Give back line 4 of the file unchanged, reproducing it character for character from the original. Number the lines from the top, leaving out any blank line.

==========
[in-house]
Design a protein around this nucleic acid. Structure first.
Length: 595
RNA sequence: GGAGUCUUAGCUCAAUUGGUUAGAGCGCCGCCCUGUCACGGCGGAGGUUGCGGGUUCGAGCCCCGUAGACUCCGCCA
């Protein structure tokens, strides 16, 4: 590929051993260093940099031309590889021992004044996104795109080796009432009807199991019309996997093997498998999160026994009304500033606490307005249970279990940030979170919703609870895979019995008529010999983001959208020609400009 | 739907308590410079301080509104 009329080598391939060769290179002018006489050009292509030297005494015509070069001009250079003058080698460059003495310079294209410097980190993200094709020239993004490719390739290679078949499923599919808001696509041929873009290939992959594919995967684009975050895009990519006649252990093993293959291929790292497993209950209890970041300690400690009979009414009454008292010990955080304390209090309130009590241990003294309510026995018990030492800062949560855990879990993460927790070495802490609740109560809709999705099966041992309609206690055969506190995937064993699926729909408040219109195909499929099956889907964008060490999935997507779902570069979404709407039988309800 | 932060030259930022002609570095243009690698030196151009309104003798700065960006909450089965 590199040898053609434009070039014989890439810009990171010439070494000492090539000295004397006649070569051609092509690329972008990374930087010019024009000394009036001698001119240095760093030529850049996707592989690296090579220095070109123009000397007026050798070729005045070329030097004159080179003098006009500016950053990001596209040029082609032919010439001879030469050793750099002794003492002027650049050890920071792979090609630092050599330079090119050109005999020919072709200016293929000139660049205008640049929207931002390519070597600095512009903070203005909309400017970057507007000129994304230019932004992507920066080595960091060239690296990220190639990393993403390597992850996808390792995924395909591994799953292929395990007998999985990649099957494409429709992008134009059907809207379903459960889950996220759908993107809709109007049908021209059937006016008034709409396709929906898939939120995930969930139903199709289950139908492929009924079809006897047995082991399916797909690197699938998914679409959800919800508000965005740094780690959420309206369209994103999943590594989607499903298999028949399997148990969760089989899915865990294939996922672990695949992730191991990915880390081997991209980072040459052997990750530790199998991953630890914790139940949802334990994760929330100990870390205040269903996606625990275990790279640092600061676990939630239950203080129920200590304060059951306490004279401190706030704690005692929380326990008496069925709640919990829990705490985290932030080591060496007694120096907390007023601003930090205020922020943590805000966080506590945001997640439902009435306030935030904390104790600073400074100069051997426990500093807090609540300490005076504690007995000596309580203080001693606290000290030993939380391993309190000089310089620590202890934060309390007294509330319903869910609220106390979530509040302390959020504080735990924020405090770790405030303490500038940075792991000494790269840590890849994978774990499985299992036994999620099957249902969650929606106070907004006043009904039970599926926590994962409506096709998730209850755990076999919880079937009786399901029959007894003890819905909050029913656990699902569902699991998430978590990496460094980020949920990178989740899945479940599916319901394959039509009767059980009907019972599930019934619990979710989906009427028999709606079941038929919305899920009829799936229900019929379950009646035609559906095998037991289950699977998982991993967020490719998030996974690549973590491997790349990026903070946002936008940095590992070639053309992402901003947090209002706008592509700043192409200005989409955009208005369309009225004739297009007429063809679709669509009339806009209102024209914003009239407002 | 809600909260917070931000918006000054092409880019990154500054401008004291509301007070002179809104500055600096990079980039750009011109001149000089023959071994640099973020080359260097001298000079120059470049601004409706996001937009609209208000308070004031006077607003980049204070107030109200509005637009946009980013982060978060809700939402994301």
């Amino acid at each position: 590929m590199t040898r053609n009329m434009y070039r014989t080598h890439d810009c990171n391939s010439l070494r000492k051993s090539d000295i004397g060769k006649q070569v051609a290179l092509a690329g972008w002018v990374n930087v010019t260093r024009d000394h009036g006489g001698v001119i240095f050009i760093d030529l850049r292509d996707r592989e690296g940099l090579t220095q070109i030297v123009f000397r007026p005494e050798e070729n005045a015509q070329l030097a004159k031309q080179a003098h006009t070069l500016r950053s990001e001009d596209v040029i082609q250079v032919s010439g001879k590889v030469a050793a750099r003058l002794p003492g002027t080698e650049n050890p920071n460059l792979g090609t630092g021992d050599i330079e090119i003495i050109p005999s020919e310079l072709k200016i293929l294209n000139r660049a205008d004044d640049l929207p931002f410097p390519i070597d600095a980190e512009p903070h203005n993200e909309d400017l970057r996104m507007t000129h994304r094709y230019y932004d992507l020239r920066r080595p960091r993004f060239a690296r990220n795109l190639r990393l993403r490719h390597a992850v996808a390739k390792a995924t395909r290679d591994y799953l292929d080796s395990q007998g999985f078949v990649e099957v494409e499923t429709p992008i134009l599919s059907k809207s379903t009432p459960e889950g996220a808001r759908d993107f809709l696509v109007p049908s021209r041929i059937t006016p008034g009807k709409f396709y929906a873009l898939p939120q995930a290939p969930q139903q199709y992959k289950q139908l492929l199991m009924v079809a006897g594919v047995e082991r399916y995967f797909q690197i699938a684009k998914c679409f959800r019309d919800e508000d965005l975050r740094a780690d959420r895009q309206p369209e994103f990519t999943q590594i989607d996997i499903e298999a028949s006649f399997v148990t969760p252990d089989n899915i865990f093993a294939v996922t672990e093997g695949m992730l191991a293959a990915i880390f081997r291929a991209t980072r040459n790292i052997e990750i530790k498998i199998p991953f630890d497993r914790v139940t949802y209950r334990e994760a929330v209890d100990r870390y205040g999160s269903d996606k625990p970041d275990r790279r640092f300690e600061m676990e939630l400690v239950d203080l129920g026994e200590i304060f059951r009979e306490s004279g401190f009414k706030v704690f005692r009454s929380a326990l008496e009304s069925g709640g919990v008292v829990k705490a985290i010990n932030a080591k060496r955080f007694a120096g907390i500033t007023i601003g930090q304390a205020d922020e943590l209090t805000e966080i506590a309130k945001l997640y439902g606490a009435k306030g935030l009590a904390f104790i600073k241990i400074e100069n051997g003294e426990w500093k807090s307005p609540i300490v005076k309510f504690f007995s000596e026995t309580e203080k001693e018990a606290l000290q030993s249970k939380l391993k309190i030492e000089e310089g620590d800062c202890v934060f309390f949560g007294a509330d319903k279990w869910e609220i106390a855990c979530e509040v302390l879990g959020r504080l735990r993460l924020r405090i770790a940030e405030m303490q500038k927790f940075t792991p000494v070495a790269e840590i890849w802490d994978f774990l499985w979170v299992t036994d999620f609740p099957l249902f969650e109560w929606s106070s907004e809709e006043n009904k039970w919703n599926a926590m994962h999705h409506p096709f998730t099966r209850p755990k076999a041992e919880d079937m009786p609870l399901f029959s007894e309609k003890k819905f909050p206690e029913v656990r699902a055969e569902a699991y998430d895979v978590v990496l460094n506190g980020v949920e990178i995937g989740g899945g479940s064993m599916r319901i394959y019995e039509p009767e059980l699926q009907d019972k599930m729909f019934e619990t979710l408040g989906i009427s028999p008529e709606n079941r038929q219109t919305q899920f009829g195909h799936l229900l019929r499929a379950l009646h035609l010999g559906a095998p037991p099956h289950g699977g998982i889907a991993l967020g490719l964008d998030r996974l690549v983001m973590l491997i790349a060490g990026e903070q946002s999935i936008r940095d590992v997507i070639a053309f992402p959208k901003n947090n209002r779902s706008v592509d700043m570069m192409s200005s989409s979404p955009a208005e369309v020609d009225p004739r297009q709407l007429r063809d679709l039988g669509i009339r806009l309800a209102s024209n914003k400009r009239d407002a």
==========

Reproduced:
RNA sequence: GGAGUCUUAGCUCAAUUGGUUAGAGCGCCGCCCUGUCACGGCGGAGGUUGCGGGUUCGAGCCCCGUAGACUCCGCCA